Tainted South Korean instant noodles recalled across island
TAIPEI — The Department of Health (DOH) yesterday gave an order to recall two instant noodle products from South Korea, which were found to contain traces of the cancer-causing substance benzopyrene.
Among the six were Neoguri seafood & mild noodles and Neoguri seafood & spicy noodles, the two products that were recalled in Taiwan.
The Korea Food and Drug Administration (KFDA) said that in June all six Nongshim-brand noodles were found to contain benzopyrene, an organic compound that is considered a carcinogen.
Tsai Shu chen, an official at Taiwan’s DOH, said the department will seek more detailed information on the amount and source of the benzopyrene found in the South Korean noodles but in the meantime has recalled the two types sold in Taiwan.
The DOH will evaluate the information from South Korea on the products and will have them returned to store shelves if they are found to be safe, Tsai said.
The six products recalled in South Korea do not include the popular Shin Ramyun noodles.
In June, the KFDA conducted tests on 30 instant noodle products sold in South Korea and found that six products by Nongshim contained benzopyrene, with the Neoguri series containing the highest level of 4.7 parts per billion, according to the country’s Yonhap News Agency.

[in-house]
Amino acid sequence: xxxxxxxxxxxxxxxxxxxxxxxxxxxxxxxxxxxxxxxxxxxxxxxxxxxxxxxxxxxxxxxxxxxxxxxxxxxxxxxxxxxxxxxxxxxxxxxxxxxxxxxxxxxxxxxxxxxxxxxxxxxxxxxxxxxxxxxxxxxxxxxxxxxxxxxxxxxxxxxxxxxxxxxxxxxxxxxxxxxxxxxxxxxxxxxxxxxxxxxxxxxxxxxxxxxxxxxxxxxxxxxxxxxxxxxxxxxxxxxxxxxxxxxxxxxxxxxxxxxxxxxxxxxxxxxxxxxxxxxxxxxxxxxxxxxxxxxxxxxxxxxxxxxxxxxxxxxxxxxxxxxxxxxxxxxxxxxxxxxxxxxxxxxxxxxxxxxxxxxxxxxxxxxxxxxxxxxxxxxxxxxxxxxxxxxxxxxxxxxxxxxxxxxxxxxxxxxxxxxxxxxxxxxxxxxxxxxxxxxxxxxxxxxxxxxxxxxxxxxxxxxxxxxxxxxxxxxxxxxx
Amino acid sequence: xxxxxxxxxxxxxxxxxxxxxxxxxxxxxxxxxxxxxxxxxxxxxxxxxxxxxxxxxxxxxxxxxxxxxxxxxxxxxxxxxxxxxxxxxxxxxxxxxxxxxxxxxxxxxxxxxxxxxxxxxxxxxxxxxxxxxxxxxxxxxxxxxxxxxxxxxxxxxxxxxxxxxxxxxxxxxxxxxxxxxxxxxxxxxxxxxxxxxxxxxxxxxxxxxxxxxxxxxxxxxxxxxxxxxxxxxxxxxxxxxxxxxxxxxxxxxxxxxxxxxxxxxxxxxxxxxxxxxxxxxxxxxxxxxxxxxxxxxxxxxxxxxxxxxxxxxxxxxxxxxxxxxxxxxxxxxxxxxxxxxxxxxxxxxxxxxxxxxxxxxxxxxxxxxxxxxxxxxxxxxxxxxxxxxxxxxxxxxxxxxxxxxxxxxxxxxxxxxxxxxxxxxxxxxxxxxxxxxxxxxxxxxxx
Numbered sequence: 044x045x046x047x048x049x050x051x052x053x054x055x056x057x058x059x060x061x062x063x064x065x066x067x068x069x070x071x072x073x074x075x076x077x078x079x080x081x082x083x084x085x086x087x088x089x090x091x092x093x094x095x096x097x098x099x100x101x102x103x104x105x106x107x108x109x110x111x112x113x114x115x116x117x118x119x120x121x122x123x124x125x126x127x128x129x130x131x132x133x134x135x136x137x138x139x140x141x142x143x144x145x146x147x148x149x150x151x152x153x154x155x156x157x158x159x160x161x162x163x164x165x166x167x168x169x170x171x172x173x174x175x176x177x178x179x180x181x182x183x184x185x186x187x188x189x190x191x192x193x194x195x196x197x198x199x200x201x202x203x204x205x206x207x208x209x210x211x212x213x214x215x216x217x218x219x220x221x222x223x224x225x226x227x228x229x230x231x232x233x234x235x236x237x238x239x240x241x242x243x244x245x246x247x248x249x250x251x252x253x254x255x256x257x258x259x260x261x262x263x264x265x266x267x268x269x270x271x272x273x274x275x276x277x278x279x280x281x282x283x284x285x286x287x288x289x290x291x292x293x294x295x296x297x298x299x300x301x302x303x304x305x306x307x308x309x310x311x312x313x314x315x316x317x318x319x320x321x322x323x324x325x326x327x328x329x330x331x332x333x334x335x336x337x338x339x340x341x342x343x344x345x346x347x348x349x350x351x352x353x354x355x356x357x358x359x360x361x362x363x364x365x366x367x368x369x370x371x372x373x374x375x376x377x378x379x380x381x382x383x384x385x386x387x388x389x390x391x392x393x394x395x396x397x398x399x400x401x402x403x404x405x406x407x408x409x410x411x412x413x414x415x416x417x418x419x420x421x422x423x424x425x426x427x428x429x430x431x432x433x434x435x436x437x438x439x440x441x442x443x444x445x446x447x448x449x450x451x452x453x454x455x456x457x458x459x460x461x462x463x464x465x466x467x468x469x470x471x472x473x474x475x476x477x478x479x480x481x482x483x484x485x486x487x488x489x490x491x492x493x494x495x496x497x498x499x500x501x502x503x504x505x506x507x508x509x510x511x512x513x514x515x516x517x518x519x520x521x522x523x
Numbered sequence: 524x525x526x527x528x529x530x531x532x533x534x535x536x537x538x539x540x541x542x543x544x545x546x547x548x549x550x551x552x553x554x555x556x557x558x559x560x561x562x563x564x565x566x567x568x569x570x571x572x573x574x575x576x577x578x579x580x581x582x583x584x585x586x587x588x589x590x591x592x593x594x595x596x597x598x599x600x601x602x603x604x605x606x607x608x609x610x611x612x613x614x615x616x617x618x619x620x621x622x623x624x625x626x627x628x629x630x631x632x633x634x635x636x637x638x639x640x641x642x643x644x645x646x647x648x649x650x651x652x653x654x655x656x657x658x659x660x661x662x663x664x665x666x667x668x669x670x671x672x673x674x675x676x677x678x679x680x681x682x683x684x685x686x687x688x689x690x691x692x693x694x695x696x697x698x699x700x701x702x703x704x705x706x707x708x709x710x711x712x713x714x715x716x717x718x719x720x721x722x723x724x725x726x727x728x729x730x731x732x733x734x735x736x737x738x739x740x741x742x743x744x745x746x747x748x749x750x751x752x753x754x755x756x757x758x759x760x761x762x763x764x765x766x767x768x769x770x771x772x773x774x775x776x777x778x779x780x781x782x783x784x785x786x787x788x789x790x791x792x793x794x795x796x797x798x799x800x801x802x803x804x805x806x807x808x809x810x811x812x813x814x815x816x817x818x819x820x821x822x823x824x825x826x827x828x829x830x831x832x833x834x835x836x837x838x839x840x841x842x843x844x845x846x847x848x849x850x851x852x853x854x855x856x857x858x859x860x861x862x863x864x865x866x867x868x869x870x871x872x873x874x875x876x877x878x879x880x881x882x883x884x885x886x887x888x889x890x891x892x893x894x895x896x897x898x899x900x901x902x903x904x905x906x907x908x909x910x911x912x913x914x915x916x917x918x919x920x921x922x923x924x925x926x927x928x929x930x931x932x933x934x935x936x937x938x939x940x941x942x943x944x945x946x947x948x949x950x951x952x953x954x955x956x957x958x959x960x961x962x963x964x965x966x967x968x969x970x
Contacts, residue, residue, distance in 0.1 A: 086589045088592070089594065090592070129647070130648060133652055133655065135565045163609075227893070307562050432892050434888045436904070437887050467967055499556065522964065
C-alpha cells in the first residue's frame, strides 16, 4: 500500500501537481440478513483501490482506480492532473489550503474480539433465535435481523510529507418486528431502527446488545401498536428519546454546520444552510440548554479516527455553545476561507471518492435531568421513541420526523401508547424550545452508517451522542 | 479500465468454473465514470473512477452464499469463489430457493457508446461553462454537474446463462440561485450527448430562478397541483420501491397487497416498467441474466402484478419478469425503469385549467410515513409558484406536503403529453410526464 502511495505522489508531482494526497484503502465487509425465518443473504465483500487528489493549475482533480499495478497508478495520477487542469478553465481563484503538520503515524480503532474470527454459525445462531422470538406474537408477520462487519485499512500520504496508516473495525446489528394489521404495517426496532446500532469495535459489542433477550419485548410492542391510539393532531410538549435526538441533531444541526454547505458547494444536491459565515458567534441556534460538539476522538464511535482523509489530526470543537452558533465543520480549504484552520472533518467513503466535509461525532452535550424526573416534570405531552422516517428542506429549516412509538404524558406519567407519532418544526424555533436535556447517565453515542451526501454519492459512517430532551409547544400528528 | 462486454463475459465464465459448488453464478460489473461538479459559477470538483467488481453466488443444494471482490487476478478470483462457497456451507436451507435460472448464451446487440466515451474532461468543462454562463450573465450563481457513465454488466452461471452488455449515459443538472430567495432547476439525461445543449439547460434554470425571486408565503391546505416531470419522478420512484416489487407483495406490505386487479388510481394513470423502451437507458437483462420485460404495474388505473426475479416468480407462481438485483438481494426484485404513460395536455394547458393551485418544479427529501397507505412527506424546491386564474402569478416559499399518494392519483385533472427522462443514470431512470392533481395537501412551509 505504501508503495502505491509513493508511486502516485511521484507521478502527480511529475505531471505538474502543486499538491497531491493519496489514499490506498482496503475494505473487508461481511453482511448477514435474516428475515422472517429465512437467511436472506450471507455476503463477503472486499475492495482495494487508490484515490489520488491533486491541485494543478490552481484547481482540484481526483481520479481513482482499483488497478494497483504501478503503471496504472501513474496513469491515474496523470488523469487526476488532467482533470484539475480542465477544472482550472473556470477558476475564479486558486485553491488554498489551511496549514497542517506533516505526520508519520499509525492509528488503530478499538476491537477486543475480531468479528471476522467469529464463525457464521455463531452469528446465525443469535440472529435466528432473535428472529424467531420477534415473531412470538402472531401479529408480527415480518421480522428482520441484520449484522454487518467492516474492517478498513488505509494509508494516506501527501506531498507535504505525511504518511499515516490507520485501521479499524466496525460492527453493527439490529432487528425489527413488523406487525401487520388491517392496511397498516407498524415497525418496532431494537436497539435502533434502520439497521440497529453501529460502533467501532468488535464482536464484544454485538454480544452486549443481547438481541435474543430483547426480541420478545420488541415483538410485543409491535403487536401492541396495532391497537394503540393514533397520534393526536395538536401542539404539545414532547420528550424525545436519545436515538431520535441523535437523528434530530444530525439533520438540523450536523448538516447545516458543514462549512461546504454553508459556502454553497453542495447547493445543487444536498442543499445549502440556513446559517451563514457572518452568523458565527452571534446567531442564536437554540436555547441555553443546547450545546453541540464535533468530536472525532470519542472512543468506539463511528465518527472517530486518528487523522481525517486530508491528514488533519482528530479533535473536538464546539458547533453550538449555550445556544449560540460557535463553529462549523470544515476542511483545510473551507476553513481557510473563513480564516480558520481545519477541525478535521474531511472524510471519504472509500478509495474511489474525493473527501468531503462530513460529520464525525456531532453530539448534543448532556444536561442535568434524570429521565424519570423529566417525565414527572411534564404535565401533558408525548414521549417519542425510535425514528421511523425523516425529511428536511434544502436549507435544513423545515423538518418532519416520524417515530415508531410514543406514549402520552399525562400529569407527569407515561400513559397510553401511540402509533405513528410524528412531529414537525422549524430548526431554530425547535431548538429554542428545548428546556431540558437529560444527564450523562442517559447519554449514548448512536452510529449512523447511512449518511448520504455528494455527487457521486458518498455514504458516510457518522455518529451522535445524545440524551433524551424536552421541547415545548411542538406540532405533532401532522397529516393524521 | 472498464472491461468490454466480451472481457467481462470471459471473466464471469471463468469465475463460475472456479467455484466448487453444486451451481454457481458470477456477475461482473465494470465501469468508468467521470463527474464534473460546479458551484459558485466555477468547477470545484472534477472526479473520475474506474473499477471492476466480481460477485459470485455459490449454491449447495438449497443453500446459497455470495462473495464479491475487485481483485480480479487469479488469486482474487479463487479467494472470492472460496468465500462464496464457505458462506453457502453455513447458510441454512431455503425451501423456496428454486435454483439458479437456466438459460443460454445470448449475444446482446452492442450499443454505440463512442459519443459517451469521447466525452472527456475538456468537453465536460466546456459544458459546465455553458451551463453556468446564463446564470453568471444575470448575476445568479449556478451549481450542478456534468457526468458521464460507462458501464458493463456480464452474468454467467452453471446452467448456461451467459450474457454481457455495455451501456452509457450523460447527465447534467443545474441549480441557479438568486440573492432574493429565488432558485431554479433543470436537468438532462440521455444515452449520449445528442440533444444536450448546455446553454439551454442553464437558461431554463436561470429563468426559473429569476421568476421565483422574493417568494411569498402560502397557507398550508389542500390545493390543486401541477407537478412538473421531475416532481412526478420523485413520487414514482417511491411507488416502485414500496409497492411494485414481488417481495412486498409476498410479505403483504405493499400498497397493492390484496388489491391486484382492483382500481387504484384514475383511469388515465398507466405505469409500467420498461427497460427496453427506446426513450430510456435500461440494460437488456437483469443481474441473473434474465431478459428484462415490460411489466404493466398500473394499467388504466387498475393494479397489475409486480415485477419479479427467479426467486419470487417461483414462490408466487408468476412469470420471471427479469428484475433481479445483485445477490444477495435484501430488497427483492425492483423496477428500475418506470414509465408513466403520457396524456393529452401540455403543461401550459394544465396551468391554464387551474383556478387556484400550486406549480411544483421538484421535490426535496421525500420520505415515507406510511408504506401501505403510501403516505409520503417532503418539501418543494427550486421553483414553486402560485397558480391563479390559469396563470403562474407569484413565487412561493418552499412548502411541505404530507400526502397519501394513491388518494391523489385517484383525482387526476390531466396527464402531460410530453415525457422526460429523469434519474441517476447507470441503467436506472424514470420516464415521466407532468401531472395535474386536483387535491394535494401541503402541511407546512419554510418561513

The cancer-causing substance was found in the powdered seasonings in the noodle products, the KFDA said.
The KFDA said it had delayed announcement of the test results and the recall order because the levels of benzopyrene found in the noodle products in June were minuscule and not harmful, the South Korean agency reported.
However, the KFDA issued the recall order after its commissioner Lee Hee-sung was pressed on the matter during a legislative question-and-answer session Wednesday, the report indicated.
Malaysian health authorities have recalled a popular type of cup noodles on fears that it could contain excessive amounts of cancer causing plastic additives, according to todayonline.com.
Consumers have been urged to stop eating Shin Ramen until tests prove that they are safe for consumption, The Star newspaper reported.
“We urge consumers to stop eating the noodles which they have bought until the tests by our ministry show that they are free from these contaminants,” said Health Minister Liow Tiong Lai. He added that all Taiwanese food products have been placed on a level four alert under the Food Safety Information System of Malaysia. The highest level is six.
These products may be available on amazon.com. Consumers should check country of origin or contact seller if they have any concerns.
© 2012 US Food Safety Corporation. No copyright claim is made for portions of this blog and linked items that are works of the United States Government, state governments or third parties